Please use this identifier to cite or link to this item: http://cmuir.cmu.ac.th/jspui/handle/6653943832/69993
Title: Interactive effects of N form and P concentration on growth and tissue composition of hybrid napier grass (Pennisetum purpureum × pennisetum americanum)
Authors: Chonthicha Pakwan
Arunothai Jampeetong
Hans Brix
Keywords: Agricultural and Biological Sciences
Environmental Science
Issue Date: 1-Aug-2020
Abstract: © 2020 by the authors. Licensee MDPI, Basel, Switzerland. This study aimed to assess effect of nitrogen (N) form and phosphorus (P) level on the growth and mineral composition of hybrid Napier grass. Experimental plants were grown with different N forms (NO3−, NH4NO3, and NH4+; 500 µM) and P concentrations (100 and 500 µM) under greenhouse conditions for 42 days. Growth rate, morphology, pigments, and mineral nutrients in the plant tissue were analysed. At the low P concentration, the better growth was found in the plants supplied with NH4+ (relative growth rate (RGR) = 0.05 g·g−1·d−1), but at the high P concentration, the NH4+-fed plants had 37% lower growth rates and shorter roots and stems. At the high P level, the NH4NO3−-fed plants had the highest RGR (0.04 g·g−1·d−1). The mineral nutrient concentrations in the plant tissues were only slightly affected by N form and P concentration, although the P concentrations in the plant tissue of the NO3−-fed plants supplied with the high P concentration was 26% higher compared to the low P concentration plants. The N concentrations in the plant tissues did not vary between treatments. The results showed that the optimum N form for the plant growth and biomass productivity of hybrid Napier grass depends on P level. Hybrid Napier grass may be irrigated by treated wastewater containing high concentrations of N and P, but future studies are needed to evaluate biomass production and composition when irrigating with real wastewater from animal farms.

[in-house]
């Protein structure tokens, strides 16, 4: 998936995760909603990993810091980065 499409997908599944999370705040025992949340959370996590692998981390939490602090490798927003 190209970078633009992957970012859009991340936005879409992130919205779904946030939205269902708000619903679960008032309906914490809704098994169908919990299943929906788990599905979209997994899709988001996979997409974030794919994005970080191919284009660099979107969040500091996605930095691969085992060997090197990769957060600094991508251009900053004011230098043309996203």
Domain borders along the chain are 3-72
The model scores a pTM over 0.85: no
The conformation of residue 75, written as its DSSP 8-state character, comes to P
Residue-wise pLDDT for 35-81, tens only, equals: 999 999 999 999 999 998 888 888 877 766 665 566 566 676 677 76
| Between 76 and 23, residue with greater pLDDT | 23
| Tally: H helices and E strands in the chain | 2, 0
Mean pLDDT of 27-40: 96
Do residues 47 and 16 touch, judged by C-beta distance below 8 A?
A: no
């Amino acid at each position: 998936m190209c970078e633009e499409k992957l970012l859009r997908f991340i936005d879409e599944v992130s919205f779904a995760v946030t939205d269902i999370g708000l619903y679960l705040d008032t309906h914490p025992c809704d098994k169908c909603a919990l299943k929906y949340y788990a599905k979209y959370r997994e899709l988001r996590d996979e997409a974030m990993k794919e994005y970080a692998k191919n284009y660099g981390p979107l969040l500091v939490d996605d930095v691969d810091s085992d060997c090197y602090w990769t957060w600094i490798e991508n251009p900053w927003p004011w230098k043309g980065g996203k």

URI: https://www.scopus.com/inward/record.uri?partnerID=HzOxMe3b&scp=85090640115&origin=inward
http://cmuir.cmu.ac.th/jspui/handle/6653943832/69993
ISSN: 22237747
Appears in Collections:CMUL: Journal Articles

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